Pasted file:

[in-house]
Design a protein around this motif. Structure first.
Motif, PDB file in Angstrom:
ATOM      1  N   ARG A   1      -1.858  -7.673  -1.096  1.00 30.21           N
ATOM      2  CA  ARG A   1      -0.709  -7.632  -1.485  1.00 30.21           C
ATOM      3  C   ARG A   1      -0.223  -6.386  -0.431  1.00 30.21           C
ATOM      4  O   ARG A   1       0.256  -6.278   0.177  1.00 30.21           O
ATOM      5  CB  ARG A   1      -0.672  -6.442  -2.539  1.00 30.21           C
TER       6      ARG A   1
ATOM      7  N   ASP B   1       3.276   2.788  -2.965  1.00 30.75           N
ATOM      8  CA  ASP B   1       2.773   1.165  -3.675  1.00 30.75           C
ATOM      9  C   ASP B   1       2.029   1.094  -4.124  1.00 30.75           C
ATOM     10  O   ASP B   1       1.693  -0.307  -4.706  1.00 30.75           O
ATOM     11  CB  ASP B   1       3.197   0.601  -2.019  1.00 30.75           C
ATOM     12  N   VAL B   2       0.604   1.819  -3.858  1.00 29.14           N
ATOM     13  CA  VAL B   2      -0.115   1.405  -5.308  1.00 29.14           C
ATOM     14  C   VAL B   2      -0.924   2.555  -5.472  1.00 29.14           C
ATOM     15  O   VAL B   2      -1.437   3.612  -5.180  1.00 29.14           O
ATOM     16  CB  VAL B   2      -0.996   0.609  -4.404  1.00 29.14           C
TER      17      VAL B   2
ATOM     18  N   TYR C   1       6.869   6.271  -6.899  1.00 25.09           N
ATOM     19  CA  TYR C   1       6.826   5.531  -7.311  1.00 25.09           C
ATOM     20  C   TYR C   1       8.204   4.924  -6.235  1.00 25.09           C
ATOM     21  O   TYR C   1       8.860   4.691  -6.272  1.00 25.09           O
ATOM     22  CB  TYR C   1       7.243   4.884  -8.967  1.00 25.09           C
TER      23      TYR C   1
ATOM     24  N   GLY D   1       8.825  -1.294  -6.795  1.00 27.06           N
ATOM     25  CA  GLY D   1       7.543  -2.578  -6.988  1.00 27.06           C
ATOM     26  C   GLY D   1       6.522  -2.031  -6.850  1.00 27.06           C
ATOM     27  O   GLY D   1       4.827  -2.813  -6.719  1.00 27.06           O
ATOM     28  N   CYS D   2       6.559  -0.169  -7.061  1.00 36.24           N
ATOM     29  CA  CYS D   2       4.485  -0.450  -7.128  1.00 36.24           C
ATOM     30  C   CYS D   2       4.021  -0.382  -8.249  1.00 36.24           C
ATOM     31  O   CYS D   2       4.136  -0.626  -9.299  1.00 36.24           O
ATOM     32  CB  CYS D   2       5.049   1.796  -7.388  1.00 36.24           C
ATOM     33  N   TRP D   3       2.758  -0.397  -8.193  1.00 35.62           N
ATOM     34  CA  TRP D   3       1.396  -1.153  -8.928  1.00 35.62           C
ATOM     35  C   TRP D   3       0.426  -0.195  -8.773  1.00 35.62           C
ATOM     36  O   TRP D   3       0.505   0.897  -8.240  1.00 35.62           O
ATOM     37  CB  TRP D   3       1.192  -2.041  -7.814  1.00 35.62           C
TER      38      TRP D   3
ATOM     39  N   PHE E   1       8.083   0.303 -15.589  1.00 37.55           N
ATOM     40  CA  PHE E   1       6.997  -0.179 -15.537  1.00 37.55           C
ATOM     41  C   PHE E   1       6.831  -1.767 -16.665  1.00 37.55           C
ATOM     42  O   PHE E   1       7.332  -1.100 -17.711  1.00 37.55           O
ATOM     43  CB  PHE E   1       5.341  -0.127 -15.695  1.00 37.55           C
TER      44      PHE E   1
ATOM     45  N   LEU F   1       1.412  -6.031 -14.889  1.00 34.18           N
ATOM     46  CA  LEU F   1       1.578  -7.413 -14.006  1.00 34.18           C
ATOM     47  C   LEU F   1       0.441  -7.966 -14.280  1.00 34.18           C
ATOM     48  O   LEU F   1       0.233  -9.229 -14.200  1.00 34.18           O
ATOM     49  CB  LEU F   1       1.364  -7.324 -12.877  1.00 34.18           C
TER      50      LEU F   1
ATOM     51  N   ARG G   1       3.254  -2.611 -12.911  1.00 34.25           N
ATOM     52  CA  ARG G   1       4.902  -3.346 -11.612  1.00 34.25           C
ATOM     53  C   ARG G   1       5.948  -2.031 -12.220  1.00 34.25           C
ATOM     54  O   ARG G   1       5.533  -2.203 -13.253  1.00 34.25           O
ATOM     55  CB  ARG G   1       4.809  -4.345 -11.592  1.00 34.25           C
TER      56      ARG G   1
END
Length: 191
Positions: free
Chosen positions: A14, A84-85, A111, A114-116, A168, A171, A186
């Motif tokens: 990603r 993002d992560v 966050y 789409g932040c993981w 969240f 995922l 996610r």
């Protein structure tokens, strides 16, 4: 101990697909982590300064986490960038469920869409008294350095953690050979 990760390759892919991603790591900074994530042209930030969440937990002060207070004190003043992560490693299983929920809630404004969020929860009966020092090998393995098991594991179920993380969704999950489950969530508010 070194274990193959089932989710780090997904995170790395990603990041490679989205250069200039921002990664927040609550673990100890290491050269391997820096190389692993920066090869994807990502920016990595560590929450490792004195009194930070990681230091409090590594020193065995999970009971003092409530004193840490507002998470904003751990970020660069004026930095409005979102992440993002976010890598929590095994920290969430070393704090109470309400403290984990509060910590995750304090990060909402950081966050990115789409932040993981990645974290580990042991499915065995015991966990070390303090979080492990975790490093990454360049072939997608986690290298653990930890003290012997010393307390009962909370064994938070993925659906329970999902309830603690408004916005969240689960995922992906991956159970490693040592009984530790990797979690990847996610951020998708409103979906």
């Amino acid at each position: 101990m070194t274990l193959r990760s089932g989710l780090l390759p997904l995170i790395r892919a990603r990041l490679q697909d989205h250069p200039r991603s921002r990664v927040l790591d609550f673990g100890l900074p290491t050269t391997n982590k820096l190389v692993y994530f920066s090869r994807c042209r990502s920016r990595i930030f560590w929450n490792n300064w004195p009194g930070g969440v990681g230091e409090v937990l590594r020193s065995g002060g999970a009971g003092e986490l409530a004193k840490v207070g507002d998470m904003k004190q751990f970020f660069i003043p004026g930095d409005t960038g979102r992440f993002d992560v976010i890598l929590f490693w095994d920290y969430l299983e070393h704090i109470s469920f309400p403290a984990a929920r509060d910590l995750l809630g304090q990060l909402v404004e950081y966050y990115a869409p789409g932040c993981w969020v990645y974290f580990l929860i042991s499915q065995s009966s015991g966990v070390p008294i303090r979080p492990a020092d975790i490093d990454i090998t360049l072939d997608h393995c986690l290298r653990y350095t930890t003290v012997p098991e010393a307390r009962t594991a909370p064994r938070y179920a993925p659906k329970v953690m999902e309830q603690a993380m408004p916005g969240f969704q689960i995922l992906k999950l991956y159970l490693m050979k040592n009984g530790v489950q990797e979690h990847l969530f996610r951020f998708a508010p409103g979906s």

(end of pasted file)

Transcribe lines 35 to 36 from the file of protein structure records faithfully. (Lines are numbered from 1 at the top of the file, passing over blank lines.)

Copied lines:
ATOM     32  CB  CYS D   2       5.049   1.796  -7.388  1.00 36.24           C
ATOM     33  N   TRP D   3       2.758  -0.397  -8.193  1.00 35.62           N